"Life is wonderful! Life is grand! There's no doubt about it: we seriously need life. ... Just one question. ... What is life?"
Biology is the study of living things, but is there a universally accepted definition of "living things"? Not exactly, although just about everyone agrees that biology is not the study of rocks.
It is difficult to strictly define something as mysterious and fundamental as "life." However, we can describe "life" by listing the characteristics common to all known life forms. So that's what we'll do.
You can think of the rest of this page as an "Am I an earthling?" checklist. If you have all the following characteristics, there's a good chance that you're a living creature from planet earth.
All living things on our planet share specific Ingredients, as well as specific Behaviors. We'll describe the ingredients of earthlings first and their behaviors second.
Living things on this planet are made primarily of water molecules and complex organic molecules. (In this case, "organic" is a chemical term that means "carbon-based.")
As you may have heard—the rumor's been out for hundreds of years now—, these molecules are organized into units called "cells." Cells are the smallest unit of life: cells are made of nonliving things but are themselves alive, and all living things are made of cells.
All living creatures share some basic behaviors. Some of these behaviors occur only in the cells of organisms; some occur throughout entire organisms (of course one-celled organisms perform organism-wide behaviors in the space of one cell); and some occur not within individual living things but within groups of living things.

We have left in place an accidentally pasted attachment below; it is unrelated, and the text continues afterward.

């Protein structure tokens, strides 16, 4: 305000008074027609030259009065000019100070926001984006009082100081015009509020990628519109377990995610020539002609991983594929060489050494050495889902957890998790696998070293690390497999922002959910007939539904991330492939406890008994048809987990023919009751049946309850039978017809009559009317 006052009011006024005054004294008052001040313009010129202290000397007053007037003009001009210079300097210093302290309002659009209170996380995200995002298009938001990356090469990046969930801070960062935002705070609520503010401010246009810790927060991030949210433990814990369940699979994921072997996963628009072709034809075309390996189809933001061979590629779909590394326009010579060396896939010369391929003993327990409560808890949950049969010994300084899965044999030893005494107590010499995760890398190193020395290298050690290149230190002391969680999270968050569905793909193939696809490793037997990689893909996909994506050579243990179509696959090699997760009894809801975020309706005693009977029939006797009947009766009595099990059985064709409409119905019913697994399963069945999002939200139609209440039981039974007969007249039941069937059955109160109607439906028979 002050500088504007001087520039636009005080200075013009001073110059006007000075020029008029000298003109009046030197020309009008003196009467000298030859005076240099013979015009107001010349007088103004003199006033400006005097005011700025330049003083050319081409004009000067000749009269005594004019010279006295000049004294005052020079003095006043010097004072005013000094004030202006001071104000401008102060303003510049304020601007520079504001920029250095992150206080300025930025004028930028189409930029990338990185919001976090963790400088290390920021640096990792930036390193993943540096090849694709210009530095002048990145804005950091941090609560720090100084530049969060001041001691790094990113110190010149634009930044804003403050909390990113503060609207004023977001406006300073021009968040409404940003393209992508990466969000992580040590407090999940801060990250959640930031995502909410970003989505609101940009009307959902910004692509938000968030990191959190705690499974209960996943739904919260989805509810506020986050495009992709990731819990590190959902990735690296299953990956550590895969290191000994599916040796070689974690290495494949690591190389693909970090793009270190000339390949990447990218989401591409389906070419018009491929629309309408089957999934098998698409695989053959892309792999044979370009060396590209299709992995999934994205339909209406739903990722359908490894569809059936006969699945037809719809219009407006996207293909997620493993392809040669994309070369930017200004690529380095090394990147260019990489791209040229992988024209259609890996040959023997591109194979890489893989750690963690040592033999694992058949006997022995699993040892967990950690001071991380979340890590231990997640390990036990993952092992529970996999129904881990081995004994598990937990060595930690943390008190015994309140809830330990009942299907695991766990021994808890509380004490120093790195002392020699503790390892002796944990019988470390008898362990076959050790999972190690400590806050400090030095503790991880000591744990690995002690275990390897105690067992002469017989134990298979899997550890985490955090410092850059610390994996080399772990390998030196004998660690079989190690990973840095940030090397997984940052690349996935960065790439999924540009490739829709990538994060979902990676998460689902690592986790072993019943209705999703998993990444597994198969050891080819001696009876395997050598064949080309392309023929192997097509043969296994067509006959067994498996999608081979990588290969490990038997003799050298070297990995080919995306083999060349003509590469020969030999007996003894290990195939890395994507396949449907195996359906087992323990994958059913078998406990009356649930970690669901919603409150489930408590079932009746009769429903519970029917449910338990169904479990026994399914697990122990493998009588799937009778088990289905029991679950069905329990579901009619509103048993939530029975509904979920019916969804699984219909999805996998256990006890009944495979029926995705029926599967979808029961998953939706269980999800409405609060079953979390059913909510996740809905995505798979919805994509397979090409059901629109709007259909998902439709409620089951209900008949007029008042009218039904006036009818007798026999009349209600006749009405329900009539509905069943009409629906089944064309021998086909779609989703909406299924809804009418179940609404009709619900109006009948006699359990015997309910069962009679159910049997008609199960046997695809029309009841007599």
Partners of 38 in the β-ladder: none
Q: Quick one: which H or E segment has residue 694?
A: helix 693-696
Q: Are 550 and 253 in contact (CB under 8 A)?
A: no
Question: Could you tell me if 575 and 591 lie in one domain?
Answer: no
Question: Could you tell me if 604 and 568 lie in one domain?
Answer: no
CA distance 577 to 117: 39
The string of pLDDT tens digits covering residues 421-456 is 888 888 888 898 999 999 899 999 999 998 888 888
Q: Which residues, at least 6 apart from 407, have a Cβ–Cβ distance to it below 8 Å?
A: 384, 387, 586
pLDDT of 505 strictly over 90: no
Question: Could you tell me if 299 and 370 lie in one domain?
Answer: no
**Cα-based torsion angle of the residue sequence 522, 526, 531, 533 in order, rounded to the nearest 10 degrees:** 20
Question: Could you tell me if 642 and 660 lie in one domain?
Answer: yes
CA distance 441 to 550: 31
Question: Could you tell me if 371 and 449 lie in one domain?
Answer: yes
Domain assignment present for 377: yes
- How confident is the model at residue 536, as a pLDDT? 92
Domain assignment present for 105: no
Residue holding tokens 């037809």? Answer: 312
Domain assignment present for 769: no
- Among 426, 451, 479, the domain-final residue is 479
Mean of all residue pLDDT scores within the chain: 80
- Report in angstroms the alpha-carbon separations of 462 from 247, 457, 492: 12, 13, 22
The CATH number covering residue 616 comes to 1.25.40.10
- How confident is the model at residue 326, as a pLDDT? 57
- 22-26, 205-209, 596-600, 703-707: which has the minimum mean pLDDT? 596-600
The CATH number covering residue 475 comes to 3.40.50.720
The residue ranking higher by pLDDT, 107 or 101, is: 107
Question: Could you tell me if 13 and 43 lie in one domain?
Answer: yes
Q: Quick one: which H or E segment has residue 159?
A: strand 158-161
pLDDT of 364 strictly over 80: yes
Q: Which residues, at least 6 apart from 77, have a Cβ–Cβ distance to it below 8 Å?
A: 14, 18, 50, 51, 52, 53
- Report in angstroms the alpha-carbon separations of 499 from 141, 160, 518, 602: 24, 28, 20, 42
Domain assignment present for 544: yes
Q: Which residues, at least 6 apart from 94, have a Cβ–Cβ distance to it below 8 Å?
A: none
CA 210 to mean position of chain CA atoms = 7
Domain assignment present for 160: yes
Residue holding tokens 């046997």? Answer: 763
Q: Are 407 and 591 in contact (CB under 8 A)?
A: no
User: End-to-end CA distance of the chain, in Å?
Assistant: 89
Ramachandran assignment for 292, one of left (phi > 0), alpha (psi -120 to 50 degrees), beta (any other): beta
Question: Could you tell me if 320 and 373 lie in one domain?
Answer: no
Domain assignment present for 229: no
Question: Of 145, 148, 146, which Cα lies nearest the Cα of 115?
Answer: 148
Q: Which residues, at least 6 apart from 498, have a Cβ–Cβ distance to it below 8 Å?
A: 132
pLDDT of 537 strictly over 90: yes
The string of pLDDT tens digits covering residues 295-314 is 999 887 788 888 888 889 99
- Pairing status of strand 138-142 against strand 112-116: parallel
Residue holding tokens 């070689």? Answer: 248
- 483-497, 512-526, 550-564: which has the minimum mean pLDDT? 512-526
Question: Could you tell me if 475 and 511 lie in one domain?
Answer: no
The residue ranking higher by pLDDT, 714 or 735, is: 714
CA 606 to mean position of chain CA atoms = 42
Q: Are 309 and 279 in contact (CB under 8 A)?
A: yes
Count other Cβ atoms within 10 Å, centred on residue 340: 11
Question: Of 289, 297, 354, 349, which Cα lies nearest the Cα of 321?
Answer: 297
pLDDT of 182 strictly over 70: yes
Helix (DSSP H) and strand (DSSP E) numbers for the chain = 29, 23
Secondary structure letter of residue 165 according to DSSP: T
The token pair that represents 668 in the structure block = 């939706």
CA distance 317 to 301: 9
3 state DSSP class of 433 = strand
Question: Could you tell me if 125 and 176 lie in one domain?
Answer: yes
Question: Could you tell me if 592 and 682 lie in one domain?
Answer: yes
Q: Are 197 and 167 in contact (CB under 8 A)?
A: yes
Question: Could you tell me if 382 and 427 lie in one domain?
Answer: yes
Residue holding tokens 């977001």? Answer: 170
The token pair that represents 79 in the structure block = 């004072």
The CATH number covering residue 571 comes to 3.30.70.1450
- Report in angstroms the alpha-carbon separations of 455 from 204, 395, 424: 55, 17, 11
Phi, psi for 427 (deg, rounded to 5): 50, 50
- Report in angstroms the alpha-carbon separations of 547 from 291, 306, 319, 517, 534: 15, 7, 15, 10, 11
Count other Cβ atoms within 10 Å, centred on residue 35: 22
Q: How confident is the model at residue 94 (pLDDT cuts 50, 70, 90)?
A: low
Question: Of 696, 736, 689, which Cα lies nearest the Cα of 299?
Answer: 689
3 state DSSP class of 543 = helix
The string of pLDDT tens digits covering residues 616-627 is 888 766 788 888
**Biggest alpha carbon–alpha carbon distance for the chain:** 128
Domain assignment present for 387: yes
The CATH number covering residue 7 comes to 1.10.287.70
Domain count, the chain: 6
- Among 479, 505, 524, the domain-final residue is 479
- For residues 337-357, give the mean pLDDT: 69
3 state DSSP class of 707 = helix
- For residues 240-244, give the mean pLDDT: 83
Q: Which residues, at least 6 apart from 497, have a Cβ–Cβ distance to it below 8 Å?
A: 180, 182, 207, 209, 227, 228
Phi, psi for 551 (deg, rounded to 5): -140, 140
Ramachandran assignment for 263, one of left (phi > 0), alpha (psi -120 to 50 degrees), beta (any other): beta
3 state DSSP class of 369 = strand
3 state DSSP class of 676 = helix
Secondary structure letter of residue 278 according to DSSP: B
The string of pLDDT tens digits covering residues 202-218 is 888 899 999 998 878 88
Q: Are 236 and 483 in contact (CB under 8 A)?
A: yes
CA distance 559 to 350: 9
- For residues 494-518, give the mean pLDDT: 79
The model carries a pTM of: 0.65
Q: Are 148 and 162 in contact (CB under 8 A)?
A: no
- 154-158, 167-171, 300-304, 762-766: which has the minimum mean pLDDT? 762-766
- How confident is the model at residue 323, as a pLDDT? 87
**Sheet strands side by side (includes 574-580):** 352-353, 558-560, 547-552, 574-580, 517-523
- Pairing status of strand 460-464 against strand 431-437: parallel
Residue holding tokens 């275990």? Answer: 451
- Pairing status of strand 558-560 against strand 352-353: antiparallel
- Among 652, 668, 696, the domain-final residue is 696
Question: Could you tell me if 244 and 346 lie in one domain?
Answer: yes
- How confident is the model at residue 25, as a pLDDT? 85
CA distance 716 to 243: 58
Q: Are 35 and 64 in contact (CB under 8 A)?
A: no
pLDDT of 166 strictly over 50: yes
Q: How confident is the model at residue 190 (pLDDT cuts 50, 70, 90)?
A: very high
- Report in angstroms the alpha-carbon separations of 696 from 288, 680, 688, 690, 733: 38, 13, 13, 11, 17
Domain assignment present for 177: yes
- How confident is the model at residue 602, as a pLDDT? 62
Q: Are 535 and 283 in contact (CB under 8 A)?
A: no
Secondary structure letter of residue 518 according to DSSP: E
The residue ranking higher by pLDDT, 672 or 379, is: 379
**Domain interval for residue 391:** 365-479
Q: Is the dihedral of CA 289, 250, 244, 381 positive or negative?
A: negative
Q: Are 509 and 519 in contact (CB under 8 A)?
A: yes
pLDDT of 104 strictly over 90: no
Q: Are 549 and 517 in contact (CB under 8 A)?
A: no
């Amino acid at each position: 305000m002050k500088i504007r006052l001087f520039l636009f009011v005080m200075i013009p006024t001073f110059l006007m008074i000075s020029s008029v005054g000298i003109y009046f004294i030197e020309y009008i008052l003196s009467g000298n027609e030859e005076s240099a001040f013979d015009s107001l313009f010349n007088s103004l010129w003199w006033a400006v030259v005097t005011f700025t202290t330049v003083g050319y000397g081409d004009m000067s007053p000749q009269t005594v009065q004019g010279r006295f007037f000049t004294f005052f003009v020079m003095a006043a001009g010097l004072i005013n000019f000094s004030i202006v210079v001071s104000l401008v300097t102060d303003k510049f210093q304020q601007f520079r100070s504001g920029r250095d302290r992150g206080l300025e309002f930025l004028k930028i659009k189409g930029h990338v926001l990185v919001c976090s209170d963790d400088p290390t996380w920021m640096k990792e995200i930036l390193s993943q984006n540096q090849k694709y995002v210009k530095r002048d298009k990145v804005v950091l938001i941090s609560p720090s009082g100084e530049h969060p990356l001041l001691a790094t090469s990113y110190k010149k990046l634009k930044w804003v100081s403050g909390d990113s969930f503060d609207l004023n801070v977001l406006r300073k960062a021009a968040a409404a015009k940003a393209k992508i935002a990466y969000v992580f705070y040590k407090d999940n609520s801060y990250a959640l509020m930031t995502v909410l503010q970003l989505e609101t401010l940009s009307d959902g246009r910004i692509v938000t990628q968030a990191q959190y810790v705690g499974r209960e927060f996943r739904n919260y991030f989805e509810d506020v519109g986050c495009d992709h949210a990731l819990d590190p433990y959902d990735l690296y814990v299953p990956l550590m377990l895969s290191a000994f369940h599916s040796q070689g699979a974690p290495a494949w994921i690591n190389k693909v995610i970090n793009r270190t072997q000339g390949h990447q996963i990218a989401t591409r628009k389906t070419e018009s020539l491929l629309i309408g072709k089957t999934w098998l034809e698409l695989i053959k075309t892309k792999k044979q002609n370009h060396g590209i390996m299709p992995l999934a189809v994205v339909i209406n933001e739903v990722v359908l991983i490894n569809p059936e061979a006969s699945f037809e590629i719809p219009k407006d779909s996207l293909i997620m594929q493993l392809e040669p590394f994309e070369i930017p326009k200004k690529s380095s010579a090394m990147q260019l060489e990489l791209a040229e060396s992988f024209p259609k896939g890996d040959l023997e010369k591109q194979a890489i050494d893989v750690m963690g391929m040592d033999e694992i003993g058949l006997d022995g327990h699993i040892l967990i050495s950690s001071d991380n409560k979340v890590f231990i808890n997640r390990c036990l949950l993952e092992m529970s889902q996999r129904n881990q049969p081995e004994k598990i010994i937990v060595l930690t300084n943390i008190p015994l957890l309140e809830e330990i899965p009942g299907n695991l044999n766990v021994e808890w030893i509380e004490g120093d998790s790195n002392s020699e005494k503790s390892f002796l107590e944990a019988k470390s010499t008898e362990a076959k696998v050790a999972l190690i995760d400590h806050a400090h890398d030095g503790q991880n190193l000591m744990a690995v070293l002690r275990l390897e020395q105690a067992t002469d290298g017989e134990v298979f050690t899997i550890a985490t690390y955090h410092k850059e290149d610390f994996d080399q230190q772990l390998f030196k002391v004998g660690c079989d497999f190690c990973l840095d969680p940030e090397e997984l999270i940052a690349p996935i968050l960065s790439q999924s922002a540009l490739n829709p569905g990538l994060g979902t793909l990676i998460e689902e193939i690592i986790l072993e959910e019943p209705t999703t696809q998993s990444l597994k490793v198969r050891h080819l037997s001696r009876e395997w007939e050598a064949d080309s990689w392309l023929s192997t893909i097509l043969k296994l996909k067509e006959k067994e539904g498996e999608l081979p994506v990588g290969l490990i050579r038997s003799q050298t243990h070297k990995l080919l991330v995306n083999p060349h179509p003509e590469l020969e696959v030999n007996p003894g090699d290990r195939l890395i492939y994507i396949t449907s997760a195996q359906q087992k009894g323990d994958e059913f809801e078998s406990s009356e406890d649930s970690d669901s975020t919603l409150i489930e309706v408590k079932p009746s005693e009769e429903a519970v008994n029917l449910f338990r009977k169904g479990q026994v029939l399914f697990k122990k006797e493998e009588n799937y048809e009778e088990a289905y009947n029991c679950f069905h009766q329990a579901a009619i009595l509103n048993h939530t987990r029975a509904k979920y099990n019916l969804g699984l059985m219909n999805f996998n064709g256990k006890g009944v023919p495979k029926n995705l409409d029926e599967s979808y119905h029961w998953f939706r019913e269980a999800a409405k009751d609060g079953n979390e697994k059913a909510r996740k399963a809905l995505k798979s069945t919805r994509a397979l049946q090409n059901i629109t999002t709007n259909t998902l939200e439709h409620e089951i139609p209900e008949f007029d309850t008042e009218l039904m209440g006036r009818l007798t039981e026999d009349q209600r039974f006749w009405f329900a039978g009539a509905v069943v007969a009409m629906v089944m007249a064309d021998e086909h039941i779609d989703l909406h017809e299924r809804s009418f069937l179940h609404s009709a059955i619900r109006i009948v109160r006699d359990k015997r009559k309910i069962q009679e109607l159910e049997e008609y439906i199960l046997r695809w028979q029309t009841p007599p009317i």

In our first section on behaviors, we describe (I) the behaviors shared by all living cells. In the next section, we list (II) the behaviors that all cells and all living creatures share. In the final section, we describe (III) the behaviors of living species.
The behaviors of all life on earth start with the behaviors of cells.
All living cells (1) store and exactly follow precise instructions (genetic information contained in their DNA) in order to (2) build the complex organic molecules (usually proteins) that run the cell.
Examples of the complex molecules in charge of a cell's routine operations include enzymes, which control chemical reactions inside cells, and antibodies, which protect cells from for foreign invaders.
The constant busyness of such molecules brings life to cells and (ultimately) to organisms made of cells.
And that brings us to our next set of behaviors: behaviors found in both individual cells and organisms made up of cells.
Cells and those of us built out of cells all do these four things:
(1) Monitor their surroundings. (One‐celled bacteria can sense food and so can we.)
Monitoring their environment allows cells and larger organisms to (2) purposefully collect matter and energy while avoiding threats. (Both bacteria and animals move towards things they can eat and away from dangerous situations. Cells inside of larger bodies have some control over what they allow in and out of their cell membranes or cell walls. Even those "do‐nothing" plants grow towards the light.)